EuroTrek 2002: Perspectives from London

Oh, how the mighty have fallen.
It was quite sobering to listen to the CEO of BuildOnline give the keynote address at the opening reception of EuroTrek, held January 5-8, in London. Marc Suster has been through it all: the heady days of the dot com boom as well as the grueling reality of start-up survival. His speech, witty and somewhat self-deprecating yet very compelling, explained the difference between starting up and running a company during the glory days (1997 to 2000) and keeping a company alive after it all came crashing down.

In the dot com days, an idea was funded based on the size of the market potential. On the contrary, Suster suggested, an idea should really be funded based on its ability to provide a unique solution to a problem. He described the self-perpetuating (and self-inflating) cycle that was prevalent during the dot com madness: a renowned research firm estimates the size of a particular market, consultants take the research and use the “data” as industry benchmarks, investment banks use the consultants’ findings to sell a company to the market, and the media broadcasts these estimates as reality.

Suster’s right: who wants to read a business plan unless it’s about a revolutionary, world-changing new idea or presents eye-popping, mind-boggling financial figures? Talk about sensationalism.
In addition to the keynote speaker, EuroTrek hosted other distinguished guests. Edgar Miller (MBA 1969), founder and Managing Director of Palladian Limited, spoke at the alumni dinner held at Bank Restaurant Westminster about the differences between HBS in his day and HBS today. Only 30 years ago, the number of minorities and women in a class were in the single digits. We looked around the tables and imagined what that would be like…

EuroTrek also provided some valuable insights for those of us in the hunt for summer internships and full-time positions.

Take-away #1 Europe is a challenging job market even for HBS students and alumni but nonetheless is slightly better than the U.S. Generally, alumni were very candid in sharing how difficult it has been coping with the dot com downturn and finding new opportunities. Throughout EuroTrek, some company representatives were even spotted at other company presentations, presumably in search of these new opportunities.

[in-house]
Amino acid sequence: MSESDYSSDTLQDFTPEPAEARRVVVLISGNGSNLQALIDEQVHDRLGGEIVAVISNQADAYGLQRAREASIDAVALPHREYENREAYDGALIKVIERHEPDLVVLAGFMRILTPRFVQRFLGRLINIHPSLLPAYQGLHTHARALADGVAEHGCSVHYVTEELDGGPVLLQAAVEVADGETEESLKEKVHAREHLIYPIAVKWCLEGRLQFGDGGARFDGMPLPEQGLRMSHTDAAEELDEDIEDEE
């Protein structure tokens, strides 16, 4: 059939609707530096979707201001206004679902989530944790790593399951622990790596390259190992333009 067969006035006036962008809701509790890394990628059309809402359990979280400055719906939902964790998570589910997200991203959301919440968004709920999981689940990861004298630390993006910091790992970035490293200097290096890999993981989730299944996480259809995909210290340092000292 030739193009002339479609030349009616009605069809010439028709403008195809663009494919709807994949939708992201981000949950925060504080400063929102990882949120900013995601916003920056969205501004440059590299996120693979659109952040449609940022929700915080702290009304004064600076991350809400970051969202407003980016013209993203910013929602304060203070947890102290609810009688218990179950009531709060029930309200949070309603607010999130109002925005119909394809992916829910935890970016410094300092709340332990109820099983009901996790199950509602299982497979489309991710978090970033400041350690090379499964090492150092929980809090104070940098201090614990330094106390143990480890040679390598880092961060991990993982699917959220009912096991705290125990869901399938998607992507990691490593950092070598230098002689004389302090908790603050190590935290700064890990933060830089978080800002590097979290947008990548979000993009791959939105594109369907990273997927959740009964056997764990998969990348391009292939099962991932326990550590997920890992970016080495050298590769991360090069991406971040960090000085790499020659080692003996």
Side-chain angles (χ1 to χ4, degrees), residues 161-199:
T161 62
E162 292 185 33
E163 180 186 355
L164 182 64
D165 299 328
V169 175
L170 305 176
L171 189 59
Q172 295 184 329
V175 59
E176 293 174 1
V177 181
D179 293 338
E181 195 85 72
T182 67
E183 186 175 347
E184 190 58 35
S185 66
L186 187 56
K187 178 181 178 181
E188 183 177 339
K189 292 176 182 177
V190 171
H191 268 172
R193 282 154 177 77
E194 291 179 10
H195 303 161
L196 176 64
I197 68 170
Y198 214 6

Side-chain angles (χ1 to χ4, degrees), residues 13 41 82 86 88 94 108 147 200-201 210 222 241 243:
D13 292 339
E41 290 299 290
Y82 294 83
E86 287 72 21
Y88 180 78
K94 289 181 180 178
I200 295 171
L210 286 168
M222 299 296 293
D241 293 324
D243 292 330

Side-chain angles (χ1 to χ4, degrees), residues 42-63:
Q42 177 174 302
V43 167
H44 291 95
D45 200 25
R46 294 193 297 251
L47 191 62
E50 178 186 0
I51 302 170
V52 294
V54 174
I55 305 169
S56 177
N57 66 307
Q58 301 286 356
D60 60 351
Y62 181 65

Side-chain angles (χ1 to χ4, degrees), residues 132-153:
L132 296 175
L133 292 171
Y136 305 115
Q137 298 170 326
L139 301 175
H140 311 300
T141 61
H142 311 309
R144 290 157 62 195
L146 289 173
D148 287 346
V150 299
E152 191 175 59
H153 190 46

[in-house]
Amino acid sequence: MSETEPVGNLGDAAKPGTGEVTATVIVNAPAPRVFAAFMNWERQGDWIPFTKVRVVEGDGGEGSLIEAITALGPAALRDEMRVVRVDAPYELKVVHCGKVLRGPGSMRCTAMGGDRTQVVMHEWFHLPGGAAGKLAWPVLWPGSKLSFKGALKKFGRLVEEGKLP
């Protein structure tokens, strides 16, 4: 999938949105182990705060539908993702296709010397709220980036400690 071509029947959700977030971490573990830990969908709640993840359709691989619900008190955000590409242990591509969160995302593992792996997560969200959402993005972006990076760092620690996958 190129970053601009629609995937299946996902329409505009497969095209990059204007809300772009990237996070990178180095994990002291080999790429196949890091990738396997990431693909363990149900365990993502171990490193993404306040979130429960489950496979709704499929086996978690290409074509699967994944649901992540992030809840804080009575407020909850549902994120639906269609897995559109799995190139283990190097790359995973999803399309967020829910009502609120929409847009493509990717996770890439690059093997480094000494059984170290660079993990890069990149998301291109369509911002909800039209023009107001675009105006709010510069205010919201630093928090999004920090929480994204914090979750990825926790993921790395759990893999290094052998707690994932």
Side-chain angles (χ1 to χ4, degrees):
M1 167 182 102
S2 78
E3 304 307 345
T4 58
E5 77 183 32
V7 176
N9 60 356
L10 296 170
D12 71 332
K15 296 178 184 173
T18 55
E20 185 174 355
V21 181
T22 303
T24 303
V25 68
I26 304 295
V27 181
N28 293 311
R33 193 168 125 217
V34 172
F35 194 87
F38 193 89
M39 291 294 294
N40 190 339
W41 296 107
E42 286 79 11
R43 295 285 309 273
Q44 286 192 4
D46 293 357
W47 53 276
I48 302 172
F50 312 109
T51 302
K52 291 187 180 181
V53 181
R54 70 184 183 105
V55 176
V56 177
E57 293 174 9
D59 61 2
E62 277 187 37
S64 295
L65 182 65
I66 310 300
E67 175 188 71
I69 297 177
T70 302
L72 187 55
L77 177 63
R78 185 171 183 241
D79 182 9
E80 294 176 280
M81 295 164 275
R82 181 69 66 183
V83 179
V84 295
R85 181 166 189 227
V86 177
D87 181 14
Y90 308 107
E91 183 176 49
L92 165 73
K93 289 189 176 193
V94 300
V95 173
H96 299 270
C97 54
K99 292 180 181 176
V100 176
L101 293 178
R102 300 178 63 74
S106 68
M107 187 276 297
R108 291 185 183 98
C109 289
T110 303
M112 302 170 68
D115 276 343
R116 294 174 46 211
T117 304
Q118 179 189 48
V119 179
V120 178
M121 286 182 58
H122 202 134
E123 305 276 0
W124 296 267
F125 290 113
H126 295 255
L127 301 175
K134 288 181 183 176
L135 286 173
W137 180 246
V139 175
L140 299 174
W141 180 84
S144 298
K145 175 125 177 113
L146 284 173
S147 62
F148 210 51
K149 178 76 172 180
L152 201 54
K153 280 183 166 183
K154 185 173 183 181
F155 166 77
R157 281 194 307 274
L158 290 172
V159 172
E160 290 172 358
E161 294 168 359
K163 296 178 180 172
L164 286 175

However, the difficulty of the current job market was highlighted most vividly when, the morning of the Vizavvi presentation, the front page of the Wall Street Journal Europe announced that Vizavvi was letting go a massive number of people, including the CEO. Needless to say, the company cancelled its EuroTrek presentation.

Take-away #2 We need to consider other, non-traditional opportunities. Orange (a wireless company) started off the recruiting day with an impressive presentation about its global marketing approach. On top of their strong showing at the alumni dinner, the presentation made it clear that Orange is one of the most desirable tech companies to work for in Europe. EuroTrek also exposed smaller players such as Flytxt and Brainstorm. These companies are working on mobile phone applications for third-generation mobile users–an area Europe is pioneering.

Take-away #3: Most of all, EuroTrek gave participants a better feel about European firms. UBS hosted an impressive presentation and reception where the ratio of EuroTrek participants to senior bankers was almost one-to-one. Goldman Sachs hosted us at their very Goldman-like offices and presented a panel where senior bankers discussed their experiences within each of the firm’s divisions in Europe, ranging across research, investment banking, trading, and investment management. The reception afterwards was especially helpful: we interacted with a wide range of individuals and had ample opportunity to learn about the subtle differences between U.S. and European life as a banker.

Last-minute company cancellations notwithstanding, EuroTrek went rather smoothly. It couldn’t have happened without the tireless efforts of co-chairs Jan Petzel (NG) and Sasha Grinshpun (OH), as well as the rest of the organizing team. Special thanks go to London Business School for hosting the majority of the event.